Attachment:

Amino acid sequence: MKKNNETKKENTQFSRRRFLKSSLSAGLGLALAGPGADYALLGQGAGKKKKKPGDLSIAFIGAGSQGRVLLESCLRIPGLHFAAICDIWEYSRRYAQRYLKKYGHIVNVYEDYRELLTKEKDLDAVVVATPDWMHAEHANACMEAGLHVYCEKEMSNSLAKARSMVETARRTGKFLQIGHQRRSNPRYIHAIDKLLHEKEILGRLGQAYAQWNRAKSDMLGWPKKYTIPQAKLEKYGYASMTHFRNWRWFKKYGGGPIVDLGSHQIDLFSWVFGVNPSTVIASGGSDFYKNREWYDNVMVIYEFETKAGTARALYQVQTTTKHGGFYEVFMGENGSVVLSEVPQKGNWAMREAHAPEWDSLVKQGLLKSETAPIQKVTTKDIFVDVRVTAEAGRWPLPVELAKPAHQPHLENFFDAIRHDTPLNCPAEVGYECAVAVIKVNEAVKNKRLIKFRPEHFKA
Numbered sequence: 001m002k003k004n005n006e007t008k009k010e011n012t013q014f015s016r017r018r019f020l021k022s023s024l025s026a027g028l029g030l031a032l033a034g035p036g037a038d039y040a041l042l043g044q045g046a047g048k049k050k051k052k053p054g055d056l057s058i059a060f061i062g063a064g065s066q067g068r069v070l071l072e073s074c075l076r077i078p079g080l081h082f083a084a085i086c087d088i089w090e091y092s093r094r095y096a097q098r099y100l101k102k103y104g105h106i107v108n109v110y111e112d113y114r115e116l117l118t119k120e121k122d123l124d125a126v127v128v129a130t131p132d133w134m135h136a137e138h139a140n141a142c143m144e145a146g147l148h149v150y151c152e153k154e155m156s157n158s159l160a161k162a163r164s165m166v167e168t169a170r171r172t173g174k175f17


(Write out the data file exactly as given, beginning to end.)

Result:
Amino acid sequence: MKKNNETKKENTQFSRRRFLKSSLSAGLGLALAGPGADYALLGQGAGKKKKKPGDLSIAFIGAGSQGRVLLESCLRIPGLHFAAICDIWEYSRRYAQRYLKKYGHIVNVYEDYRELLTKEKDLDAVVVATPDWMHAEHANACMEAGLHVYCEKEMSNSLAKARSMVETARRTGKFLQIGHQRRSNPRYIHAIDKLLHEKEILGRLGQAYAQWNRAKSDMLGWPKKYTIPQAKLEKYGYASMTHFRNWRWFKKYGGGPIVDLGSHQIDLFSWVFGVNPSTVIASGGSDFYKNREWYDNVMVIYEFETKAGTARALYQVQTTTKHGGFYEVFMGENGSVVLSEVPQKGNWAMREAHAPEWDSLVKQGLLKSETAPIQKVTTKDIFVDVRVTAEAGRWPLPVELAKPAHQPHLENFFDAIRHDTPLNCPAEVGYECAVAVIKVNEAVKNKRLIKFRPEHFKA
Numbered sequence: 001m002k003k004n005n006e007t008k009k010e011n012t013q014f015s016r017r018r019f020l021k022s023s024l025s026a027g028l029g030l031a032l033a034g035p036g037a038d039y040a041l042l043g044q045g046a047g048k049k050k051k052k053p054g055d056l057s058i059a060f061i062g063a064g065s066q067g068r069v070l071l072e073s074c075l076r077i078p079g080l081h082f083a084a085i086c087d088i089w090e091y092s093r094r095y096a097q098r099y100l101k102k103y104g105h106i107v108n109v110y111e112d113y114r115e116l117l118t119k120e121k122d123l124d125a126v127v128v129a130t131p132d133w134m135h136a137e138h139a140n141a142c143m144e145a146g147l148h149v150y151c152e153k154e155m156s157n158s159l160a161k162a163r164s165m166v167e168t169a170r171r172t173g174k175f17